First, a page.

At the seventh edition of 'TechSparks', Japanese investor Teruhide Sato spoke about why India is such an attractive market for foreign investors.
He explained this with a simple formula:
Problems x Jugaad (Innovation) = India’s potential!
Serial entrepreneur Teruhide ‘Teru’ Sato has an amazing track record in building businesses from scratch and then taking them to public markets. In 1997, in partnership with Softbank, Teru Sato co-founded Cybercash Japan (now known as VeriTrans), an online payment company. In 1999, he co-founded BEENOS (formerly netprice), and as CEO, took it public on the Tokyo Stock Exchange in 2004. Sato is now based in Singapore and invests in and advises startups from India, Southeast Asia, and Turkey. BEENEXT, co-founded by Sato, is a partnership of the founders, by the founders and for the founders. BEENEXT has invested in startups like ShopClues, KartRocket, Voonik, IndustryBuying, to mention a few.
Sato gave a quick introduction to Japan’s business ecosystem. Japan’s notable startups like Rakuten, Monotaro and ZozoTown have been around for a long time. In fact, Japan’s aspirational economy hit an all-time high in the 1990s and has been mostly stagnant for 20 years, with the growth happening in economies like China and India. There are several unique factors that make India a very attractive market to investors.
Why are Japanese investors investing in India?
The sheer size of the market
India is one of the most populated countries in the world with the current birth rate hovering at 2.5, which is higher in comparison to China’s birth rate which is below 2. On the outset, this might sound like a bad thing but for investors, these demographics are an attractive proposition. There is also an enormous and fast-growing internet user base, with around 220 million smartphones being used in the country.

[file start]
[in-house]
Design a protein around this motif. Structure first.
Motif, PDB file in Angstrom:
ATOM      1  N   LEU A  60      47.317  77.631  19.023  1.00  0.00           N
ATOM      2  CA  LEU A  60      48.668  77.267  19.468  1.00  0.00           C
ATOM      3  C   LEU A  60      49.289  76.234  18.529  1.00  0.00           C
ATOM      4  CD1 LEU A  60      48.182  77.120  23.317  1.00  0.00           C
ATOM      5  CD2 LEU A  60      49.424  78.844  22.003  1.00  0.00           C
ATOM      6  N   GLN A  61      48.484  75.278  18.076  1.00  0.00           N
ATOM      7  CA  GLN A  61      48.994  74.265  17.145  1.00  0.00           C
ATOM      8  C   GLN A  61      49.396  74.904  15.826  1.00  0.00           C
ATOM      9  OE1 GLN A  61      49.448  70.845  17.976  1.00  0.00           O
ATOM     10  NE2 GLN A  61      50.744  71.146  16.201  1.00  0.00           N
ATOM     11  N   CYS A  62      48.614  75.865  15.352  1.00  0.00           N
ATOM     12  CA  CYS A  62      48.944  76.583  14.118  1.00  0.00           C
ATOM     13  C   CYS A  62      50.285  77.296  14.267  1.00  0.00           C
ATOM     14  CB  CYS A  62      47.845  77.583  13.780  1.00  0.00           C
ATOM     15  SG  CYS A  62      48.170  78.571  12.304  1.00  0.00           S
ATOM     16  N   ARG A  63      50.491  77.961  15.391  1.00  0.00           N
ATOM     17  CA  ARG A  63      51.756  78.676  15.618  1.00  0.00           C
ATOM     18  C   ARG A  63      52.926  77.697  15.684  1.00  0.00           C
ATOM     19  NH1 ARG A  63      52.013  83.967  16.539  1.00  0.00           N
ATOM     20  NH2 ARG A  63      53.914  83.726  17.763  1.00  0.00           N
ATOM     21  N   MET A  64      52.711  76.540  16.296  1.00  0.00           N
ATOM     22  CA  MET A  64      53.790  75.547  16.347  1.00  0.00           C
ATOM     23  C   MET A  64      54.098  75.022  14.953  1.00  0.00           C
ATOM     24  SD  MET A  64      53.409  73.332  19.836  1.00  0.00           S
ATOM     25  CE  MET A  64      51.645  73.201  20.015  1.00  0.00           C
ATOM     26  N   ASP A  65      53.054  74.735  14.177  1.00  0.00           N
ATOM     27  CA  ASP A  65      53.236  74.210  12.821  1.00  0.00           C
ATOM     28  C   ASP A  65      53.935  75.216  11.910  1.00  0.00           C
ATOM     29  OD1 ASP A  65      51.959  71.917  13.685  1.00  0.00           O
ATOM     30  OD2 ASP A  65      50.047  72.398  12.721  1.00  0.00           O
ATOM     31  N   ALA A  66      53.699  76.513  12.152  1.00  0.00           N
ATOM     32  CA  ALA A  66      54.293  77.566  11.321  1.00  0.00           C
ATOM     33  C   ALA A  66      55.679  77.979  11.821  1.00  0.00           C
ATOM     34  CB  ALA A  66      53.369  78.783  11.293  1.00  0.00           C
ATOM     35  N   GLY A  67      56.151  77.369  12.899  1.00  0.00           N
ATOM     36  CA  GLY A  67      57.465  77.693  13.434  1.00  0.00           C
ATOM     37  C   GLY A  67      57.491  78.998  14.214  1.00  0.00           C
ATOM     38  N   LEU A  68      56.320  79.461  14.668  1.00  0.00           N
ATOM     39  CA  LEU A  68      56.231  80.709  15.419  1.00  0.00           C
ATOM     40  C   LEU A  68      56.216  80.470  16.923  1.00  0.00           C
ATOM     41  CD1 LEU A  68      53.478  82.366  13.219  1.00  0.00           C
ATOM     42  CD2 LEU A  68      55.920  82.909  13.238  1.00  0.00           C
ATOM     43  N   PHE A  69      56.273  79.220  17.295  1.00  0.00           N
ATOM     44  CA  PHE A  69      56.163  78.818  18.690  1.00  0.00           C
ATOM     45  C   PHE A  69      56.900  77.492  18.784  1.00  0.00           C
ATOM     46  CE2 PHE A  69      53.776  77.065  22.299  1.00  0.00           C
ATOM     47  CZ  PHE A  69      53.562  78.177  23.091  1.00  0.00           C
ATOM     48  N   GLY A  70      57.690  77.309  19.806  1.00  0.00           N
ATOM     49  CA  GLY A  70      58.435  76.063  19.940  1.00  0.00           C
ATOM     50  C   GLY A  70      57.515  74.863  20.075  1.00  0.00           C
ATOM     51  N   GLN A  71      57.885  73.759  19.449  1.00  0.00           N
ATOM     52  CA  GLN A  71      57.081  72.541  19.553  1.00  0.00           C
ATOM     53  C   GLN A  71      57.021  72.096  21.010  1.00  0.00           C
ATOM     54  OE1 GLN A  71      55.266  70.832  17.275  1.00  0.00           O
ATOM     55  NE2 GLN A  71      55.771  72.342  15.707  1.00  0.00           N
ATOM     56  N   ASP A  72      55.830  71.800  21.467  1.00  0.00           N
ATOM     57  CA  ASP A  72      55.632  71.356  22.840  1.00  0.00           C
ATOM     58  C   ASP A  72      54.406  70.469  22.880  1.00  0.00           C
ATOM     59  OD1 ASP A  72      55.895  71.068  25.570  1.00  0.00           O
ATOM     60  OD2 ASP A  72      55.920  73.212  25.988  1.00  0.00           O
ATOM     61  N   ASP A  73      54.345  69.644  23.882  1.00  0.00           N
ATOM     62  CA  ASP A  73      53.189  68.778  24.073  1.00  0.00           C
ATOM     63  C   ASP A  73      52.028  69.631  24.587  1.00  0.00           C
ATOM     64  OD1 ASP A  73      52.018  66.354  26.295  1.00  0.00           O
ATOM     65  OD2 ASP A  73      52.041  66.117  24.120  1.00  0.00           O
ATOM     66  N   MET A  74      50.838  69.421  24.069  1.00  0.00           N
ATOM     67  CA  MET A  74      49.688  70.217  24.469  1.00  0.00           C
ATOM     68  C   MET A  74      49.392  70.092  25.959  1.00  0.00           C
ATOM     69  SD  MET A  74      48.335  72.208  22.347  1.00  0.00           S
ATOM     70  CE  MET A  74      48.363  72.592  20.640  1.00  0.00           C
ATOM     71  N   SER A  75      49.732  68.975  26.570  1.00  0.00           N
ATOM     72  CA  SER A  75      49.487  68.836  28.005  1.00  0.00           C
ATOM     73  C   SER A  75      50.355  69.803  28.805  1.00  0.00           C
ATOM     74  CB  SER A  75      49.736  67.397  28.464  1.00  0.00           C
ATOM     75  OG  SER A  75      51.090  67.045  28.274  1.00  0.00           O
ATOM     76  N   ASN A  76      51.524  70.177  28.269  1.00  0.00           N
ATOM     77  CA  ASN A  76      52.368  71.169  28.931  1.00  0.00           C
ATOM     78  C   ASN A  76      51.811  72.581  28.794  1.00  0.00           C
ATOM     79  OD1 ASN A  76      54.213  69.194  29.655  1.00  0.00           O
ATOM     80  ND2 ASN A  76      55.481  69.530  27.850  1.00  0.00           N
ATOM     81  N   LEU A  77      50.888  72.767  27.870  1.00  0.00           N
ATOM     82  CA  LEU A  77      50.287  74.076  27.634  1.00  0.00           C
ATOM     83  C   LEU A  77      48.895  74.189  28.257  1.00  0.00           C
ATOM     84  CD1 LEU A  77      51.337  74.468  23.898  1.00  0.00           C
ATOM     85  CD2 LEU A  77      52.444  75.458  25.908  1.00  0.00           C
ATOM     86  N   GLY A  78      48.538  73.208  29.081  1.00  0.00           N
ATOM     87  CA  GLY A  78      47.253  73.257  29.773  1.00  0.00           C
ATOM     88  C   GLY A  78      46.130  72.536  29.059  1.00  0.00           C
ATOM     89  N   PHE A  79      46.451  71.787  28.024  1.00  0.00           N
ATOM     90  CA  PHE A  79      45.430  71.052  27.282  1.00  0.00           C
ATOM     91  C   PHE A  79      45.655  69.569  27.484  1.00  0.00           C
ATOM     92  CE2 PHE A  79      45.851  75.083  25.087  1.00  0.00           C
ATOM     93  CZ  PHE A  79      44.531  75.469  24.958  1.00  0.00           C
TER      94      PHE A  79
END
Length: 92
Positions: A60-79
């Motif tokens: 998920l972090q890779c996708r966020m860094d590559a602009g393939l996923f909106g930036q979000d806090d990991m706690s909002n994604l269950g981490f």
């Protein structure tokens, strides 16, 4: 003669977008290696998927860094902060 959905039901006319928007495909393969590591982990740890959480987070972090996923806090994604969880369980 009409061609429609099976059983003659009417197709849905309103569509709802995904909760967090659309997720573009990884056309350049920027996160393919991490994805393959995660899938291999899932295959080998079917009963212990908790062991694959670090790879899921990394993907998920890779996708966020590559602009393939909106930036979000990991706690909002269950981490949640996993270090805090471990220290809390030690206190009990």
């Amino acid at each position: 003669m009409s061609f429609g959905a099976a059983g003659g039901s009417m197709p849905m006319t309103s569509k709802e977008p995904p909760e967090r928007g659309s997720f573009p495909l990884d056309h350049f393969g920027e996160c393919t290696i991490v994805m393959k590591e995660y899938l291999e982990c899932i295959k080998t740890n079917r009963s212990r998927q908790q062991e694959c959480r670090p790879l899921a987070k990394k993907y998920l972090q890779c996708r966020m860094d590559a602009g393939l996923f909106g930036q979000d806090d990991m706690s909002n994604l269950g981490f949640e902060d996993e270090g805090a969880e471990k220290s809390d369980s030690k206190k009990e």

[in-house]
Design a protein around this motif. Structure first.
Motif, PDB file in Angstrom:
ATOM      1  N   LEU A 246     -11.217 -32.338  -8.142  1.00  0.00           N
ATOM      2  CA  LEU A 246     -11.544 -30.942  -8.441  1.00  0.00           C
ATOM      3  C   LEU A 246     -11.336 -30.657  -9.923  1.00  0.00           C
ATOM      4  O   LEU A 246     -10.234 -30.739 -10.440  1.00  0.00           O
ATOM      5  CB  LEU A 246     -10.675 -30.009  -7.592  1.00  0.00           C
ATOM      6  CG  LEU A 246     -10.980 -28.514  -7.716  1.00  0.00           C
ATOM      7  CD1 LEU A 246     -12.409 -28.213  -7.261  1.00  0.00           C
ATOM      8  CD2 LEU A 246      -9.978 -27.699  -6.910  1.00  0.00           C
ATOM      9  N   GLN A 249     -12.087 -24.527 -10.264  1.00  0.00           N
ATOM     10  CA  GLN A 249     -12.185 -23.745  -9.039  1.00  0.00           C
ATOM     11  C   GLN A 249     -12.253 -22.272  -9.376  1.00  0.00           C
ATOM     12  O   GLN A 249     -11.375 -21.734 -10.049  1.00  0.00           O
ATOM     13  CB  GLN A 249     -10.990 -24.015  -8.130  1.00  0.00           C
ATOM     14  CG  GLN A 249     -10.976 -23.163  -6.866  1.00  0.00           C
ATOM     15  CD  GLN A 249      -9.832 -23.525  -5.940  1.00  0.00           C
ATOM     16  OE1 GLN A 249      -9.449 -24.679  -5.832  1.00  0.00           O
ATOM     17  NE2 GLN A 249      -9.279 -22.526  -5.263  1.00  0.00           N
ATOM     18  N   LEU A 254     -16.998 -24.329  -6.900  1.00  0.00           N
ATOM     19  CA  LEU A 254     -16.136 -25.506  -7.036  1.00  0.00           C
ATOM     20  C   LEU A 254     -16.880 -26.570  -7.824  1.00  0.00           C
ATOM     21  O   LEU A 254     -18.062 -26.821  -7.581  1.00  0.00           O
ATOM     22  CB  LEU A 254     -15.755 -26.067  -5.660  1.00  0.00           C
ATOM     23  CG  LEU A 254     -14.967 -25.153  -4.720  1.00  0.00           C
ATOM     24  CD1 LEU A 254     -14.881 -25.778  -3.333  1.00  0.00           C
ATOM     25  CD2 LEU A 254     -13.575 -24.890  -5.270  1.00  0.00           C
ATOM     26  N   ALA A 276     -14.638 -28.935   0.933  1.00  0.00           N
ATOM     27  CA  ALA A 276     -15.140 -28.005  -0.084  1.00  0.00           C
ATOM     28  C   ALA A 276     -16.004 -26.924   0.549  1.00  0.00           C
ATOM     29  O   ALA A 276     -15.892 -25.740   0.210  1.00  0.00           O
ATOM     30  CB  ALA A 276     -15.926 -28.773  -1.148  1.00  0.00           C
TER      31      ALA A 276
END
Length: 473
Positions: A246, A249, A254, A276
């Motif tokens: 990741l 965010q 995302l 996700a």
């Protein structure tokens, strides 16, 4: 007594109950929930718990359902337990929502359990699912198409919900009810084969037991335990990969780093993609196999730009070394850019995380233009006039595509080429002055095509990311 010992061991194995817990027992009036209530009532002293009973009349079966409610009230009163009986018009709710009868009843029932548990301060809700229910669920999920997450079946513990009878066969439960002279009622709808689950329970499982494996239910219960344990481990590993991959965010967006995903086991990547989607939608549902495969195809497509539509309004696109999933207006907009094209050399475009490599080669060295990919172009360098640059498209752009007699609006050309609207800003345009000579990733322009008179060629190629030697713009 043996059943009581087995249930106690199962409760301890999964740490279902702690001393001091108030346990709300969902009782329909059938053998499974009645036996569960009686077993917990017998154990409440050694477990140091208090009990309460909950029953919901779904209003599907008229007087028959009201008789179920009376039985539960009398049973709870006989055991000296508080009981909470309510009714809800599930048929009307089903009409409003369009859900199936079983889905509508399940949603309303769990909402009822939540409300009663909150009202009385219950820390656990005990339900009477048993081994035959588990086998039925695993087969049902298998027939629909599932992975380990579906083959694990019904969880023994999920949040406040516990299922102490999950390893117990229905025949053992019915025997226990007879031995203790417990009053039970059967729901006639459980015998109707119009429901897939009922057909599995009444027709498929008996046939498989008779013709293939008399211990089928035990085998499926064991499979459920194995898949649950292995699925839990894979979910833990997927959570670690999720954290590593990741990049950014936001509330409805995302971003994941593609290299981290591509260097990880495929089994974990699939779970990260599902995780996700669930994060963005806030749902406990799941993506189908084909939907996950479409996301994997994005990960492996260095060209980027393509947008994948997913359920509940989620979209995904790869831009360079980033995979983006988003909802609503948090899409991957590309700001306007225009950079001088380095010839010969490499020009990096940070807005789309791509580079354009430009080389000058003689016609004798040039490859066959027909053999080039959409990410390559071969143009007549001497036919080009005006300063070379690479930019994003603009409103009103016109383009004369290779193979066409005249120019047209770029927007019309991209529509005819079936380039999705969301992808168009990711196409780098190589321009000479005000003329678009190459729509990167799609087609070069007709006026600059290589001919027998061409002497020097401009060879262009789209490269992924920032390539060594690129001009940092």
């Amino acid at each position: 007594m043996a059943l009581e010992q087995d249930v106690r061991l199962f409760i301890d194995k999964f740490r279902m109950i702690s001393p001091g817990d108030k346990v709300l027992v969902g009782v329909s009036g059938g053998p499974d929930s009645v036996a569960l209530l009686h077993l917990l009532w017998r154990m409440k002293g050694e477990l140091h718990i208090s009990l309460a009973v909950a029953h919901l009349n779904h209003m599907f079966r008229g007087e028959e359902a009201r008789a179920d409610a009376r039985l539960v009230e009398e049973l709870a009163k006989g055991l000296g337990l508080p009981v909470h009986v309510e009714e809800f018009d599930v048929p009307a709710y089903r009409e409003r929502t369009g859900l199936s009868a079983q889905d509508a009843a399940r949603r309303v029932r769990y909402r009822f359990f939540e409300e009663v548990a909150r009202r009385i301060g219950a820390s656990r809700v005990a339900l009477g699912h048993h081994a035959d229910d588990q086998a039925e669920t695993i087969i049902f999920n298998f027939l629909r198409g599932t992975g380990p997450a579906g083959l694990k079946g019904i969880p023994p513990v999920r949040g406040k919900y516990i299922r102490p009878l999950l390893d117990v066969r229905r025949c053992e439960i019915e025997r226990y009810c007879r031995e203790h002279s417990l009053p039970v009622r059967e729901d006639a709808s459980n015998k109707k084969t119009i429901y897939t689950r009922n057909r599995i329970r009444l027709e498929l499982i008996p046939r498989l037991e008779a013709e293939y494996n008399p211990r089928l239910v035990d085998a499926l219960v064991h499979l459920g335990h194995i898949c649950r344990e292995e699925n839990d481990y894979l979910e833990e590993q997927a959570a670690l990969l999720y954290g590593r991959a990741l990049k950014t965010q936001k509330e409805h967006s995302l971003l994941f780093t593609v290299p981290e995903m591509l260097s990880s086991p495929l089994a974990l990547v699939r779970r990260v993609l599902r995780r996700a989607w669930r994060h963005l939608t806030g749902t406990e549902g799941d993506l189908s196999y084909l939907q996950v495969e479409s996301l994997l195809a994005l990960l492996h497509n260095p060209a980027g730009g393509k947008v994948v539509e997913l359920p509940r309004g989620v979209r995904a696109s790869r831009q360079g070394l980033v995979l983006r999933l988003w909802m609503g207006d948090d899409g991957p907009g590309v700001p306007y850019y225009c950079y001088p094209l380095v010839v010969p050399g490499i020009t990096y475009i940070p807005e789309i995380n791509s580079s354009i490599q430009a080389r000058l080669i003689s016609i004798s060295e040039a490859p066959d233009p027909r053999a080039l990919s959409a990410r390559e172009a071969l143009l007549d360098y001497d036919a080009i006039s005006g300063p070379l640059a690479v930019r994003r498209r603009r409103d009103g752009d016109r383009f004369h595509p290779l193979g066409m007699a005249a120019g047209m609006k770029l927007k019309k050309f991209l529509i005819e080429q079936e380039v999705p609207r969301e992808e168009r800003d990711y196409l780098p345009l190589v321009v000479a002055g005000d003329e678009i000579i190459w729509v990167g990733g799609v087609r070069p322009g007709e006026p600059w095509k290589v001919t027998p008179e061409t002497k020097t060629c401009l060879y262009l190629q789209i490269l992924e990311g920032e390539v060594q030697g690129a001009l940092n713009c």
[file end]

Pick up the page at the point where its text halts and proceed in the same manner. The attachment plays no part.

Fragmentation of supply
India does not have monopolistic players and supply is fragmented into 36 million SMEs. This makes India an exciting market because there is a lot of scope for new players in this space.
Sato said, “If trains are three minutes late in Tokyo, the railway authorities apologise to the waiting passengers.” In India, of course, poorly functioning infrastructure is the norm, but that is a good thing according to Sato. Where there are problems, there are challenges and scope for lots of players to step in with new and innovative technology to solve the existing problems.
There is a lot of information asymmetry/friction in India. According to Sato, the difference between classifieds and marketplace is the data. If we look the healthcare space, India has 69 million diabetes patients. This is where players like Healthians app can make a difference. There are just 900,000 doctors in India catering to 1.2 billion population, whereas Japan has three lakh doctors for a population of 120 million. This is where startups in the field can use data and technology to make up for the lacuna.
Teruhide Sato finds many surprising ways in which India is ahead of others in the game. For example, Aadhaar, the world’s largest national identification number project, was started a few years back. In spite of being a developed nation, the Japanese equivalent ‘My Number’ was initiated only recently.
Sato concluded by citing examples like Airbnb and Uber. Airbnb was founded in August 2008. It was when the economy was down, but that worked in its favour because people could use their existing home space to make some extra money. In the same way, Uber was started in March 2009. So it is safe to say that companies will do well, regardless of market conditions, if the founders have a great idea and are focussed on their vision.
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